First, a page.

Concern grows over rise in suicide attempts among women, girls in Afghanistan

United Nations officials and women’s rights activists are concerned about an increase in the number of suicide attempts among women and girls in Afghanistan.

They consider restrictions, especially on education and work opportunities, and the lack of women and girls’ engagement in society as the key reasons for the increase in the number of suicides and suicide attempts.

The head of the United Nations Women’s Office in Afghanistan told the Guardian newspaper that the conditions of women and girls in Afghanistan are such that they prefer death over life.

Information collected by the Guardian shows that since the summer of 2021, the rate of suicide among women has increased in a third of Afghanistan’s provinces, especially Herat and Nimroz.

“The world should wake up. Their rights should be supported,” said Narges Azizi, a member of the Women’s Political Participation Network.

The Taliban has not allowed the employees of the health sector to share the suicide statistics of women with the media. But in the past two years, reports indicate a steady increase in suicides and suicide attempts.

Mursal Nabizadeh, a former representative in the Senate; Shukrieh Alkozi, a doctor in Kabul; Golsar, a student and civil activist in Andkhoi; Khatera, a schoolteacher in Nimroz; Hora Sadat, a YouTuber and civil activist in Kabul; Samia, a student in Balkh; Zainab Abdulahi a resident of Kabul; Halima Imami in Bamiyan; Sharifa, a student and activist in Balkh; Fatema, a student and civil activist in Balkh; Zainab, an activist in Kabul; Forozan Safi, an activist in Balkh; Nafisa Balkhi a midwife in Balkh; Samar Gol, a local women representative in Kapisa; Forozan a student in Kabul, are some of the women who lost all hope and chose death over life.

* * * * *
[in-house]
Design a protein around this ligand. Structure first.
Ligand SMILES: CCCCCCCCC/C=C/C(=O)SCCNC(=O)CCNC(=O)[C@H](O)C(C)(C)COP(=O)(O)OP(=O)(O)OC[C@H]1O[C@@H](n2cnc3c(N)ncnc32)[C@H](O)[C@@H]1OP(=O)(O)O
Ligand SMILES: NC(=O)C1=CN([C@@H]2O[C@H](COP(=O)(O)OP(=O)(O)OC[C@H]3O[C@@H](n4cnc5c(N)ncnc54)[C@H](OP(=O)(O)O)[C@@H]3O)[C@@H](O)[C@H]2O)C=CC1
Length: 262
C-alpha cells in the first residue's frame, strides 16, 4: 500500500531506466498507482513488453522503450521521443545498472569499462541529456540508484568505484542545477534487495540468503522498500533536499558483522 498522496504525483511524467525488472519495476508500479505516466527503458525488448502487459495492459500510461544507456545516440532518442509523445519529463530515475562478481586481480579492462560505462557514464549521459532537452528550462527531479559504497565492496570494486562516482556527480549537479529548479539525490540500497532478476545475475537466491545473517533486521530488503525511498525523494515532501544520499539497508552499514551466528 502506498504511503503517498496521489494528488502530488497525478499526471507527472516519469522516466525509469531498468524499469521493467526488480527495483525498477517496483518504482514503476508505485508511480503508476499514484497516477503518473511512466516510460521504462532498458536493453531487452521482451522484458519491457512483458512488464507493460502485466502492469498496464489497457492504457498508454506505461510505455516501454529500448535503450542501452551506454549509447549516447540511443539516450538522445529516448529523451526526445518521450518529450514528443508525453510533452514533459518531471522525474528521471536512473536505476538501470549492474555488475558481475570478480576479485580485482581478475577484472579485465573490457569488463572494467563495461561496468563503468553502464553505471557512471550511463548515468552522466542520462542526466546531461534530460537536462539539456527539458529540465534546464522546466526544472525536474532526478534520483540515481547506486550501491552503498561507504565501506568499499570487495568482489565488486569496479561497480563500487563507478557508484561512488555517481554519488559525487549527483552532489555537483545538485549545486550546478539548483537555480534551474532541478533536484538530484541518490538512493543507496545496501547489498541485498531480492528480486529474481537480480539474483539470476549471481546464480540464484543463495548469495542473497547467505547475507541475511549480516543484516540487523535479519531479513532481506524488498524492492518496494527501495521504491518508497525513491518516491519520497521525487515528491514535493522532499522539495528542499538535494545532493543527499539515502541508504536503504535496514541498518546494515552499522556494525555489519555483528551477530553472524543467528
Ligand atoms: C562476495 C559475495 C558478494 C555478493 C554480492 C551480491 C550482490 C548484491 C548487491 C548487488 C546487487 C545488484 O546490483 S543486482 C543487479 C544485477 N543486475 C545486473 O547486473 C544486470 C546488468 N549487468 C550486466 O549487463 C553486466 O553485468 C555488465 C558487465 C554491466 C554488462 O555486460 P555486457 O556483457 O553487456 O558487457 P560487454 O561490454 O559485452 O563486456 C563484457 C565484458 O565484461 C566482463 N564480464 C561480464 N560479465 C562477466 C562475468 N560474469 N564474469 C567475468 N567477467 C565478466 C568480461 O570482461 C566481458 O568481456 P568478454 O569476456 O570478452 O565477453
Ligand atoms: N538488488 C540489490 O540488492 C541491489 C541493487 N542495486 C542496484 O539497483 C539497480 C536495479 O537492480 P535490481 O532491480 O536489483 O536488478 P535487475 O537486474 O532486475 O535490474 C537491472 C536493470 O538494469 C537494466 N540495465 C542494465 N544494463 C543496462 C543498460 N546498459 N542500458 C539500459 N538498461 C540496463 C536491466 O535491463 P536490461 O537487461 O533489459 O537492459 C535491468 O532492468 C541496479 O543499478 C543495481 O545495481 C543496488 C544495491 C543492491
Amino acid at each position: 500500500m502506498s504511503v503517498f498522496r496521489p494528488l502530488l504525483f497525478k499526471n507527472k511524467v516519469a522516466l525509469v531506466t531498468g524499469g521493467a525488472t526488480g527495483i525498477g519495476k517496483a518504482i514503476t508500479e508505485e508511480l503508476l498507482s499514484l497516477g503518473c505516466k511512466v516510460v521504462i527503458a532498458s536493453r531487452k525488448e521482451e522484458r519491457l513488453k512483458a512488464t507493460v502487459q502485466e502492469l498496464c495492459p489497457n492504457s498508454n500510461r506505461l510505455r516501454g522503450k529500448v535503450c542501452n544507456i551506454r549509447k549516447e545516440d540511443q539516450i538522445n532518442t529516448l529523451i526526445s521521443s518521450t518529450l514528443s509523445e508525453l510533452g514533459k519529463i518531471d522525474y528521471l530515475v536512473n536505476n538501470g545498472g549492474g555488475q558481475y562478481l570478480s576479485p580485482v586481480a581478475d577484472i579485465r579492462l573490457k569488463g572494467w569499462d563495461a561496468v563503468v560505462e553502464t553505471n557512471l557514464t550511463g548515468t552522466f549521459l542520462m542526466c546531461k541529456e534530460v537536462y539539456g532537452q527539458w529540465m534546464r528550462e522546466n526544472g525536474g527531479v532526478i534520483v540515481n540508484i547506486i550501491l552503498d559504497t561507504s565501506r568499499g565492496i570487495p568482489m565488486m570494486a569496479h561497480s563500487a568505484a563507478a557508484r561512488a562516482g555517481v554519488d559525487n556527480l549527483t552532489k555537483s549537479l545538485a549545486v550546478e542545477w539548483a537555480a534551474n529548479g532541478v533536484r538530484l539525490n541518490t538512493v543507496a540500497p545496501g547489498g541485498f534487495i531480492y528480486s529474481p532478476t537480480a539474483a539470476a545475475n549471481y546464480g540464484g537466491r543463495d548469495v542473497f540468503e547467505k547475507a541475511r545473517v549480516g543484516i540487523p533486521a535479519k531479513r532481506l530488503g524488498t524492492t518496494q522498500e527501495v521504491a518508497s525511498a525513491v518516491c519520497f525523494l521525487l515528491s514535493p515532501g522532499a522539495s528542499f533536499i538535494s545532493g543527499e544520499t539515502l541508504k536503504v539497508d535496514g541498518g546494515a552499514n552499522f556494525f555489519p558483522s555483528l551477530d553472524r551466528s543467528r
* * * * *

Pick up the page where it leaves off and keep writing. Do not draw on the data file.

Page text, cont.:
Then there was the killing of a popular Kabul YouTuber, Hoora Sadat, last week which caused sparked widespread outrage.

“We ask the international community to advocate for women and girls’ rights so that they are not marginalized,” said Tarannum Saidi, a women’s rights activist.

In addition to suicide, there has been a sharp increase in mental health illnesses in the absence of educational and work opportunities for women and girls.

“Anyone who criticizes is supressed by the Taliban,” said Hasina Rasouli, a women’s rights activist.

Although the Taliban has not disclosed the exact number of murders, suicides and suicide attempts among women and girls, their Ministry of Interior announced in December last year that they had recorded more than 360 suicide attempts across Afghanistan in the past year.